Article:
Elliot Erwitt, French advertising and documentary photographer, had once said, “Nothing happens when you sit at home. I always make it a point to carry a camera with me at all times. I just shoot at what interests me at that moment.”
“Photography OnTheMove is all about marrying travel with photography,” said Supriya Sehgal of Photography OnTheMove (POTM), who heads marketing, operations, building the trips and most other things at POTM.
All of us click photos when we travel to a new place, but do we really experience the place? POTM is an offshoot of a decade old adventure travel firm Getoffurass, which was founded by Santosh Kumar as an outdoor and adventure equipment store. Four and a half years back POTM transformed into a photography training platform, but with a unique twist. POTM follows the workshop model, but most of these workshops are held in exotic locales around India. They also conduct beginner’s workshops and specialized workshops for studio photography.
“We spend a lot of time in researching a particular place and often go on more than one recce trip before the actual trip starts,” said Supriya. “In Nagaland, during the Hornbill Festival, we organize accommodation with locals. It is the same for trips to Alleppey during the Snake Boat Race in Kerala,” she added. This makes the POTM experience one of its kind. Add to this the fact that some of the best photographers travel along with the group and provide valuable inputs about exposure controls, correct lens usage, etc. Helmuth Conz and Vaibhav Mehta are two of the regular instructors who are part of the photo journies.
A look at the team behind POTM makes it apparent that these guys are in it for the love of travel and photography and not the business part of it.
Santosh is an avid biker and has an eccentric (in an awesome way) set of work experience. Sample this; he has worked as a river guide on the Kali River, worked with an NGO on solid waste management, built solar fences, etc.
Supriya formally moved from a corporate job to POTM 3 years back. She is addicted to anecdotal information from auto drivers, bus-seat sharers and co-travelers. Along with Vaibhav Mehta, she takes care of the entire operations of POTM. She is also a freelance travel writer.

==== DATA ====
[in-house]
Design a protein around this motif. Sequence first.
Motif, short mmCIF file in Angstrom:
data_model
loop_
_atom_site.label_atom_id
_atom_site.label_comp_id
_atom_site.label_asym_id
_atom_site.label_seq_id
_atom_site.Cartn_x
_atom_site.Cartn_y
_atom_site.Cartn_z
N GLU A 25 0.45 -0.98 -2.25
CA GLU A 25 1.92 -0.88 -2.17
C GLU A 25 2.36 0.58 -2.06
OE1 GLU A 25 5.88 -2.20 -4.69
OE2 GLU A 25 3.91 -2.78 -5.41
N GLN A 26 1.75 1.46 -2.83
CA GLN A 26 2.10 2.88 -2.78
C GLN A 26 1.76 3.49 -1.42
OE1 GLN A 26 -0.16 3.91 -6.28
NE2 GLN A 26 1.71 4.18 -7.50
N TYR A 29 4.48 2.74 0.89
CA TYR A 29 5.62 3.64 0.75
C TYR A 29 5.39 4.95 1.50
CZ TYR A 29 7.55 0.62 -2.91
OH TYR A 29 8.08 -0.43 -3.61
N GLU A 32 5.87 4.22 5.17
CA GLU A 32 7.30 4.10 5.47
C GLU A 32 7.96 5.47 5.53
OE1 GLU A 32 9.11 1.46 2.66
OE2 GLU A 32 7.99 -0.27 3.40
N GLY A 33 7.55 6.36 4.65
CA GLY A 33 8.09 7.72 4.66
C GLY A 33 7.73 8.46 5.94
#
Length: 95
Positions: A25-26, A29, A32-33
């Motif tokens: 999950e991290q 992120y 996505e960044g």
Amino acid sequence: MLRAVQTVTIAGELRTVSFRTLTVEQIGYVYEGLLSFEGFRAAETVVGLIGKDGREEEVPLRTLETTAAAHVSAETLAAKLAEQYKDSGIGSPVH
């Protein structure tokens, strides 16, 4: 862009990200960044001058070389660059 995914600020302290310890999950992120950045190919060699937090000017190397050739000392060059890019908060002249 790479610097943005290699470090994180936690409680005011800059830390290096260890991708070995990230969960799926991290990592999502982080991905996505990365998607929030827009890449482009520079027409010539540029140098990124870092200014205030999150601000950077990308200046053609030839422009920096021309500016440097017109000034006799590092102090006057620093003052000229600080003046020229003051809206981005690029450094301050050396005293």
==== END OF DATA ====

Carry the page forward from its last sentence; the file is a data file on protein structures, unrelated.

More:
POTM was completely bootstrapped and unless they meet a partner, with a similar mindset, they plan to go alone. Currently, the emphasis is on increasing visibility and reach. “A lot of people who are unable to make time for travel, yet want to learn the nuances of photography, have literally demanded workshops in their cities. So, last year we conducted a few 1-day workshops in Delhi, Mumbai and Hyderabad,” said Supriya.
“The challenge is to keep discovering new and interesting places,” pointed out Supriya. “Personally for me the biggest challenge is to convince probable participants of the exotic-ness that our own country provides – the travel mindset needs to be changed,” she quipped. The POTM team is working towards stepping out of India. So, in the coming days they will organize photo journeys to Cambodia and plan Bhutan. Supriya said that the interest in analog photography is back. Serious photographers want to learn the authentic way of clicking photos. So, POTM plans to start workshops on analog photography soon.
“The greatest validation of POTM, according to me,” said Supriya “is when our alumni spread a good word about us.” On a more fun note Supriya said, “There has been a couple of instances when someone left their corporate job and took to photography full-time, after travelling with POTM. Those were moments of joy for me.”
Greek historian Herodotus had said, “If a man insisted always on being serious, and never allowed himself a bit of fun and relaxation, he would go mad or become unstable without knowing it.” POTM seems to believe that as well.
Find out more about POTM and their 2012 calendar, here.
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